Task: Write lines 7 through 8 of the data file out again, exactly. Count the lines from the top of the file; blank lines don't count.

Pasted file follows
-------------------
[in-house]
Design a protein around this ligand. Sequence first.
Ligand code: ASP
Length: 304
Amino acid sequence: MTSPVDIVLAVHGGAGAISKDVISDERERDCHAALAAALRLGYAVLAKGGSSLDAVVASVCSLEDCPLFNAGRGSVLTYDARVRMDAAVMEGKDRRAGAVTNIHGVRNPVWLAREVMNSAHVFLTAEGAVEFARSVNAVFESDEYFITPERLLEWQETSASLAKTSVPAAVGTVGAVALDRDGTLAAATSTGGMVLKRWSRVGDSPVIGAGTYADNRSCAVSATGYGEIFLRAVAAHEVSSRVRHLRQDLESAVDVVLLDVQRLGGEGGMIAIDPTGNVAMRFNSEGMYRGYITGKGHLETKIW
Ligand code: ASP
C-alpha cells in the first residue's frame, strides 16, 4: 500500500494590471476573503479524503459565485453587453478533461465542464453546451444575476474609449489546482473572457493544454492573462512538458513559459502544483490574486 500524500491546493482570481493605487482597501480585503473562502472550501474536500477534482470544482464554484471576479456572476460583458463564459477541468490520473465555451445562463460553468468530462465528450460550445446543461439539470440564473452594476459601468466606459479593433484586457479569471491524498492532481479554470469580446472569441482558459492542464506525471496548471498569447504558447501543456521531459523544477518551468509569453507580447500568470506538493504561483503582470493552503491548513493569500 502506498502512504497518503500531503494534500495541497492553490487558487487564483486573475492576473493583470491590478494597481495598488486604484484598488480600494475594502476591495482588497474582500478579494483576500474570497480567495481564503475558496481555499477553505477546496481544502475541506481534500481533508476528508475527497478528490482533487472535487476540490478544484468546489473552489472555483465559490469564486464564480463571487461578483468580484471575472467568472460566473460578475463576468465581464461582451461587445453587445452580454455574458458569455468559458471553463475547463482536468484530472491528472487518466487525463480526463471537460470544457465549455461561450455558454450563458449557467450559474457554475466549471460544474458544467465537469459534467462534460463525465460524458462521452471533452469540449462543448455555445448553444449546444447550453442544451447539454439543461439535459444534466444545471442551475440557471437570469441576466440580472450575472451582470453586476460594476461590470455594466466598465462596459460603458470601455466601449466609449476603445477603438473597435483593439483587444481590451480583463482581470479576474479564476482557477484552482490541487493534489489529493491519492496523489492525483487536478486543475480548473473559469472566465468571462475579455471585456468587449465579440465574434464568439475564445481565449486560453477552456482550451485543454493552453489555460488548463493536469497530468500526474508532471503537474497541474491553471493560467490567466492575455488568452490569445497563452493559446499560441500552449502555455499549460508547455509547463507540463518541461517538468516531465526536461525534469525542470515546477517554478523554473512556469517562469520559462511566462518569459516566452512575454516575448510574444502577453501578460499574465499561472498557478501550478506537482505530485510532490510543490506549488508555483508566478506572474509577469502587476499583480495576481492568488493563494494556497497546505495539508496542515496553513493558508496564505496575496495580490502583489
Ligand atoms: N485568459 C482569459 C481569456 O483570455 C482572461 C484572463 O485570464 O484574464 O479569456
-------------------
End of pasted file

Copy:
C-alpha cells in the first residue's frame, strides 16, 4: 500500500494590471476573503479524503459565485453587453478533461465542464453546451444575476474609449489546482473572457493544454492573462512538458513559459502544483490574486 500524500491546493482570481493605487482597501480585503473562502472550501474536500477534482470544482464554484471576479456572476460583458463564459477541468490520473465555451445562463460553468468530462465528450460550445446543461439539470440564473452594476459601468466606459479593433484586457479569471491524498492532481479554470469580446472569441482558459492542464506525471496548471498569447504558447501543456521531459523544477518551468509569453507580447500568470506538493504561483503582470493552503491548513493569500 502506498502512504497518503500531503494534500495541497492553490487558487487564483486573475492576473493583470491590478494597481495598488486604484484598488480600494475594502476591495482588497474582500478579494483576500474570497480567495481564503475558496481555499477553505477546496481544502475541506481534500481533508476528508475527497478528490482533487472535487476540490478544484468546489473552489472555483465559490469564486464564480463571487461578483468580484471575472467568472460566473460578475463576468465581464461582451461587445453587445452580454455574458458569455468559458471553463475547463482536468484530472491528472487518466487525463480526463471537460470544457465549455461561450455558454450563458449557467450559474457554475466549471460544474458544467465537469459534467462534460463525465460524458462521452471533452469540449462543448455555445448553444449546444447550453442544451447539454439543461439535459444534466444545471442551475440557471437570469441576466440580472450575472451582470453586476460594476461590470455594466466598465462596459460603458470601455466601449466609449476603445477603438473597435483593439483587444481590451480583463482581470479576474479564476482557477484552482490541487493534489489529493491519492496523489492525483487536478486543475480548473473559469472566465468571462475579455471585456468587449465579440465574434464568439475564445481565449486560453477552456482550451485543454493552453489555460488548463493536469497530468500526474508532471503537474497541474491553471493560467490567466492575455488568452490569445497563452493559446499560441500552449502555455499549460508547455509547463507540463518541461517538468516531465526536461525534469525542470515546477517554478523554473512556469517562469520559462511566462518569459516566452512575454516575448510574444502577453501578460499574465499561472498557478501550478506537482505530485510532490510543490506549488508555483508566478506572474509577469502587476499583480495576481492568488493563494494556497497546505495539508496542515496553513493558508496564505496575496495580490502583489
Ligand atoms: N485568459 C482569459 C481569456 O483570455 C482572461 C484572463 O485570464 O484574464 O479569456